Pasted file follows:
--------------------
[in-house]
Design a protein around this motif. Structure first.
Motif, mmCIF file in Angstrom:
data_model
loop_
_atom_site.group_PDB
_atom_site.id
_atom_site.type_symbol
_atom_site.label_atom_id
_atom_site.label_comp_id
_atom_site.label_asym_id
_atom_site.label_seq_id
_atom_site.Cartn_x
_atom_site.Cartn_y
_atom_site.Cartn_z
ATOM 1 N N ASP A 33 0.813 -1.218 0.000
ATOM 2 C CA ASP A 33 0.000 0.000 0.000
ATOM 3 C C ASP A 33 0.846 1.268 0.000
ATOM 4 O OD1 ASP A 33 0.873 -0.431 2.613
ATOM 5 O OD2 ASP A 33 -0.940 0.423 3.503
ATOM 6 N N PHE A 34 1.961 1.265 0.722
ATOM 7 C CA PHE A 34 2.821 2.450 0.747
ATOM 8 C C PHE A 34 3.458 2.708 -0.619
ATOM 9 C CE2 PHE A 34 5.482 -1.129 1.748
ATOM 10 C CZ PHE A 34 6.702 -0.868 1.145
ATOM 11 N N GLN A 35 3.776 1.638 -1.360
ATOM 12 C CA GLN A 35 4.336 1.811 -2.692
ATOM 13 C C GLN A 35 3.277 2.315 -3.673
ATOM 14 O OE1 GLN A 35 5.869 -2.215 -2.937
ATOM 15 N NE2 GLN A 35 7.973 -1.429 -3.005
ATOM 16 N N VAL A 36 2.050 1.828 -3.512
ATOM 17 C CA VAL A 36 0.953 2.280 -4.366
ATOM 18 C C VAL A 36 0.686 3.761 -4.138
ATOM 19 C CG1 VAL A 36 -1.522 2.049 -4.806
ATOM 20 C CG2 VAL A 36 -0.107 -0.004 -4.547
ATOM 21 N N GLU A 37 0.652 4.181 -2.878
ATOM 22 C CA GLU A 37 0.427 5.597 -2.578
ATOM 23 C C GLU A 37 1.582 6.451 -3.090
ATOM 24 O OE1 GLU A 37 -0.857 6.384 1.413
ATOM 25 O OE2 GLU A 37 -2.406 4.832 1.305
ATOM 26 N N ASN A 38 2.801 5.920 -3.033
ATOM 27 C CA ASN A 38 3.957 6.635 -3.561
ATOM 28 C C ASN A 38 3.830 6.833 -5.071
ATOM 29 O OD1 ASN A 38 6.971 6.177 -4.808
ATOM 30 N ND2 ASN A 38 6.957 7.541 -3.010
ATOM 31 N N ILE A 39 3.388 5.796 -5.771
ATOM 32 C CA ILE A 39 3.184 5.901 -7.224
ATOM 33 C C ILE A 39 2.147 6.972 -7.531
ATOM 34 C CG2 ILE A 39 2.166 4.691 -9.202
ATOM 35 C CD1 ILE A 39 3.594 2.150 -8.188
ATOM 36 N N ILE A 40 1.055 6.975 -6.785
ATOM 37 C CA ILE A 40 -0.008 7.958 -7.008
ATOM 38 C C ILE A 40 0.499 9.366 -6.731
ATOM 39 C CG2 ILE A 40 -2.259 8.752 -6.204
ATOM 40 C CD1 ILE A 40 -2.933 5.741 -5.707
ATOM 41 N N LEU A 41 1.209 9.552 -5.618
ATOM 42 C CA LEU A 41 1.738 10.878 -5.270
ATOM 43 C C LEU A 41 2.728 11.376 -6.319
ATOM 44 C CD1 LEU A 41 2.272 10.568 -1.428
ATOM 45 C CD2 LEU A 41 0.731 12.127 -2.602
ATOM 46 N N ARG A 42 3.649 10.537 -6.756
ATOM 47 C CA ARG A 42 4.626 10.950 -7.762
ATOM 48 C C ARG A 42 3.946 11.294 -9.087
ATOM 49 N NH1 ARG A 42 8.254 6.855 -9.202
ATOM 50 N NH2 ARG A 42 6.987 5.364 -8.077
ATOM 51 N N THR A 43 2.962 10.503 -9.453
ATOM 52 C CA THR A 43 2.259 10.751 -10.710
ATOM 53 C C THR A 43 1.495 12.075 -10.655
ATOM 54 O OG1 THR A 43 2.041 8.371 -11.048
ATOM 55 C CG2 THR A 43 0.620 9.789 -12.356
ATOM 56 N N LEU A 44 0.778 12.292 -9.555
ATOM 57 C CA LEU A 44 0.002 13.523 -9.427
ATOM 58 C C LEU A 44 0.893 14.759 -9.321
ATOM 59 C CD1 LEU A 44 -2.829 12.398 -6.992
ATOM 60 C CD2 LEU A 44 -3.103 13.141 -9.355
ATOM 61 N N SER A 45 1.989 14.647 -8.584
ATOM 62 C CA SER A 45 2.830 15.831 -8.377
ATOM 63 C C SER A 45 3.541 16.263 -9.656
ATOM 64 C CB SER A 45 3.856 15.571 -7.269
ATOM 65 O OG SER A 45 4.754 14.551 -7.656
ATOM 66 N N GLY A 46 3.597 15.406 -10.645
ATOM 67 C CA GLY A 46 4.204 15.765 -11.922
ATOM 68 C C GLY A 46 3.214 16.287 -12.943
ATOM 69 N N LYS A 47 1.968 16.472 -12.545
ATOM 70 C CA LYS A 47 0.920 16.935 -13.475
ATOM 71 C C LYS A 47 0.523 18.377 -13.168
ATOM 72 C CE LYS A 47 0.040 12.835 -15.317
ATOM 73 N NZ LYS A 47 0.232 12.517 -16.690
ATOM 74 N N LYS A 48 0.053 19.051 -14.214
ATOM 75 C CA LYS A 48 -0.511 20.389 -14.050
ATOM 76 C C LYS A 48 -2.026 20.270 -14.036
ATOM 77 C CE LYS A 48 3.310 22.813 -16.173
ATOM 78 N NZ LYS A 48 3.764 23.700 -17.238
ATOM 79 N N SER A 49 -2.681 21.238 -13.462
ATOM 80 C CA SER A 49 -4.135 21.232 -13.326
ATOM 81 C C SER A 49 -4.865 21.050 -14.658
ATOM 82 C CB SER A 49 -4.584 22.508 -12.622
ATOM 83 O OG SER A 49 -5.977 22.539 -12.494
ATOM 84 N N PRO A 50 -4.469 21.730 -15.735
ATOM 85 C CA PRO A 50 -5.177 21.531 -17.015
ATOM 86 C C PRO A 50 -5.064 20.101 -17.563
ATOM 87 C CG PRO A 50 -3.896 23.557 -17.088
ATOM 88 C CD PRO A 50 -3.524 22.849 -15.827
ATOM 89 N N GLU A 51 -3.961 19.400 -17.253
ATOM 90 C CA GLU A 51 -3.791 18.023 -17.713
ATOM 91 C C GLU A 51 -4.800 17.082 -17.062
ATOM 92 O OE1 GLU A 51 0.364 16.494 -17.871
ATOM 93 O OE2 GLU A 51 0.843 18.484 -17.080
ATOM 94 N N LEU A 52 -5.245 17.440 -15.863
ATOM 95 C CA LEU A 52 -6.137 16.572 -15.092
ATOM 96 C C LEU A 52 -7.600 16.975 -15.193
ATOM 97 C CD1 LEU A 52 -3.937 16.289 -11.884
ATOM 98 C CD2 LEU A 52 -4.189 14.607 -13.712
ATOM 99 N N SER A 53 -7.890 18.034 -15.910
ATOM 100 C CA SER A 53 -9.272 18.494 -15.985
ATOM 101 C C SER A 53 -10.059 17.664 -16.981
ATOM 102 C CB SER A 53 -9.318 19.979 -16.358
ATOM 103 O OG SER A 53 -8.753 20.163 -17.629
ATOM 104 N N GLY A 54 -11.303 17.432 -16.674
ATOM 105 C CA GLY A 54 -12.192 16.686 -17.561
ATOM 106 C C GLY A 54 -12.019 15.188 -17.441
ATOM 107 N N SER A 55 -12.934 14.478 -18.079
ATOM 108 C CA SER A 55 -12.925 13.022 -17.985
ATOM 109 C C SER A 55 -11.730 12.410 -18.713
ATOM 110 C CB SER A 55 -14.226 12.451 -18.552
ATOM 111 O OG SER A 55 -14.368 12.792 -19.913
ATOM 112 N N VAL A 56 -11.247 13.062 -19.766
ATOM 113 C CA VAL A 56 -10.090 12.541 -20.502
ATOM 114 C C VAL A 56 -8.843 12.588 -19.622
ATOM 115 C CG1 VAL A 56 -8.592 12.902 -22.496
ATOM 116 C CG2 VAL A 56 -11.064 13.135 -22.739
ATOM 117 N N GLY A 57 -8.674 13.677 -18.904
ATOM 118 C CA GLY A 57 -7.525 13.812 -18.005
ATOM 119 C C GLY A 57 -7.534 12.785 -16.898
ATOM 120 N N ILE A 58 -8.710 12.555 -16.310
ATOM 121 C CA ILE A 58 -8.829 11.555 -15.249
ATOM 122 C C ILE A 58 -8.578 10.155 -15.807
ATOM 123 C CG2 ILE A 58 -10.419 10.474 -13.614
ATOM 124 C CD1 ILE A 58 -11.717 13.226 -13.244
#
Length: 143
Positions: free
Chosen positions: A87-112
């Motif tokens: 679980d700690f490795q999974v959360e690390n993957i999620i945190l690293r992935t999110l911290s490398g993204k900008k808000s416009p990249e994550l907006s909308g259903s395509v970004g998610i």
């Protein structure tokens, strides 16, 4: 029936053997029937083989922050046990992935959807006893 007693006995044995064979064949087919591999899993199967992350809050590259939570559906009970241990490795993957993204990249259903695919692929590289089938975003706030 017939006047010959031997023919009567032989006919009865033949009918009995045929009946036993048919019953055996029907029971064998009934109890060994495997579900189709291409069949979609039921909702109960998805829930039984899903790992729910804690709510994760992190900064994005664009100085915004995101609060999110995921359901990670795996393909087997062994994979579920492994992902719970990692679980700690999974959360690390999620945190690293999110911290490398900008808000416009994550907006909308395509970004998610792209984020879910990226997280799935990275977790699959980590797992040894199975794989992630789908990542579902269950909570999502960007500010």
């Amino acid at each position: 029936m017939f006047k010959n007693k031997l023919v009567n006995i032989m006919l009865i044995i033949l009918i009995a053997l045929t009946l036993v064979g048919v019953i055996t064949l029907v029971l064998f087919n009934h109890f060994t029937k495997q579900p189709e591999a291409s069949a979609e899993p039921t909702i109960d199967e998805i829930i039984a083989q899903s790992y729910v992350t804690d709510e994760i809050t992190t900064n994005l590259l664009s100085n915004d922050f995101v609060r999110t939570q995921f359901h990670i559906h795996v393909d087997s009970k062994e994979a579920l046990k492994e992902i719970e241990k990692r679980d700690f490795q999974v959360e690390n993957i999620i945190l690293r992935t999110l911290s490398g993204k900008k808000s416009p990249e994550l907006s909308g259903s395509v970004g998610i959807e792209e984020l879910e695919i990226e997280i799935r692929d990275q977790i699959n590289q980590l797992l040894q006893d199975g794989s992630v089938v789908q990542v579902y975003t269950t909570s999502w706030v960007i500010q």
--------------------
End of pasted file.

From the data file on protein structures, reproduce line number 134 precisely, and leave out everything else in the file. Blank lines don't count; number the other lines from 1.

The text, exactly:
ATOM 119 C C GLY A 57 -7.534 12.785 -16.898